Pacific Media Centre Pacific Media Watch Pacific Journalism Review Asia Pacific Report

TIMOR-LESTE: Journalists step up outcry against tough media bill

East Timorese journalists at work ... no more freelancers under the draft media law? Photo: David Robie/Cafe Pacific

Monday, March 10, 2014

Item: 8503

DILI (The Diplomat / Café Pacific / La’o Hamutuk / Sydney Morning Herald): The Journalists Association of Timor-Leste has joined local non-government organisations in condemning a proposed new law that will clamp down on media freedom by forcing journalists to register with the government.

Journalists who were tortured and imprisoned by the Indonesian occupiers before Timor-Leste won independence say they are willing to spend more time in jail opposing the bill, if necessary.

The Diplomat journalist Mong Palatino wrote that the bill could be unconstitutional as it violated constitutional rights to "seek, collect, choose, analyse and disseminate information".

The journalists association said that the bill did not "protect" the rights of Timor-Leste's journalists as it claimed to do, but instead was intended to police the press.

"It would be supremely ironic and tragic for East Timor to lose its independent media, after spending the past 500 years fighting repression, censorship and colonial rule," wrote Palatino.

The key problems with the proposed new law are that it will only allow government-registered journalists to write and publish stories; that a government funded press council will be set up, with wide-ranging powers to criminalise journalists; and that journalists will only be registered and permitted to work if they are employed by a "recognised media outlet" and if they have done an internship of at least six months in one of these outlets.

The new law aimed to "lock in the status and definition of journalists, effectively barring independent and freelance journalism and leaving the registration of journalists entirely to the whim of commercial media organisations", Pacific Media Centre director Professor David Robie wrote on Café Pacific last month.

Meanwhile, senior journalist José Belo, who was tortured by the Indonesian military and later founded the Tempo Semanal newspaper, told the Sydney Morning Herald that he was prepared go to jail to oppose the new law.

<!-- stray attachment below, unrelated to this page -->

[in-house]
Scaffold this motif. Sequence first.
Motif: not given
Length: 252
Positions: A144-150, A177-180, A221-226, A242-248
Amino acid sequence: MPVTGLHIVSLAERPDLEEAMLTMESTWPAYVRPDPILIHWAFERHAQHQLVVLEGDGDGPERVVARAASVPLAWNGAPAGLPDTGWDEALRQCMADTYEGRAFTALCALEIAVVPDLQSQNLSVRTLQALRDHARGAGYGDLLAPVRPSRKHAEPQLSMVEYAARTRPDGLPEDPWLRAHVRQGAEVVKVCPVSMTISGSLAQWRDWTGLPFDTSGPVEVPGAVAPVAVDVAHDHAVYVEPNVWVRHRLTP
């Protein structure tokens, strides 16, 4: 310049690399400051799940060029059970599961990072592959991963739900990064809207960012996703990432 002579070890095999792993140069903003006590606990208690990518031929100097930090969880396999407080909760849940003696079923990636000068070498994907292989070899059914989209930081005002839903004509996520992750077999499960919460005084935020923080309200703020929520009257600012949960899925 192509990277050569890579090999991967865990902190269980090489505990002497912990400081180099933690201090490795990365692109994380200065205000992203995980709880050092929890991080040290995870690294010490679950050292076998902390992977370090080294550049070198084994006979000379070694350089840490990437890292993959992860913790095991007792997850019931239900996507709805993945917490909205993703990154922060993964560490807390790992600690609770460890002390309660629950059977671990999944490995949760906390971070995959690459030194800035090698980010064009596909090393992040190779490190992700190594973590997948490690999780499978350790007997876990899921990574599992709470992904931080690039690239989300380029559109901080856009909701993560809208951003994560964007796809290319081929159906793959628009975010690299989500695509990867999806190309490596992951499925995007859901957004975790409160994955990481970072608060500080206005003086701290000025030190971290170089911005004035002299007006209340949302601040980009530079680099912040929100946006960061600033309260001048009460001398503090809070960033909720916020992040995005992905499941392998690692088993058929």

“The laws are dangerous. If they are passed I will oppose them and go to the jail. So too will other journalists here".

Belo told Café Pacific last year that that he had already been in trouble with the new Timor-Leste government in 2009 over his coverage of corruption and nepotism, having been threatened with jail time on a charge of criminal defamation against the then justice minister Lucia Lobato. 

Lobato is now serving a five-year jail sentence for corruption. The charges against Belo were dropped after an international campaign by journalists, academics and media freedom campaigners.

Belo, who is also president of the Timor-Leste Press Club, was awarded one of the 2013 Sérgio Vieira de Mello human rights awards by the Timor-Leste president, Taur Matan Ruak.

Creative Commons Licence

This work is licensed under a Creative Commons Attribution-NonCommercial 3.0 New Zealand Licence.

PMC profile photograph

Pacific Media Watch

PMC's media monitoring service

Pacific Media Watch is compiled for the Pacific Media Centre as a regional media freedom and educational resource by a network of journalists, students, stringers and commentators.
(cc) Creative Commons


Post new comment

The content of this field is kept private and will not be shown publicly.
This question is for testing whether you are a human visitor and to prevent automated spam submissions.
By submitting this form, you accept the Mollom privacy policy.
To prevent automated spam submissions leave this field empty.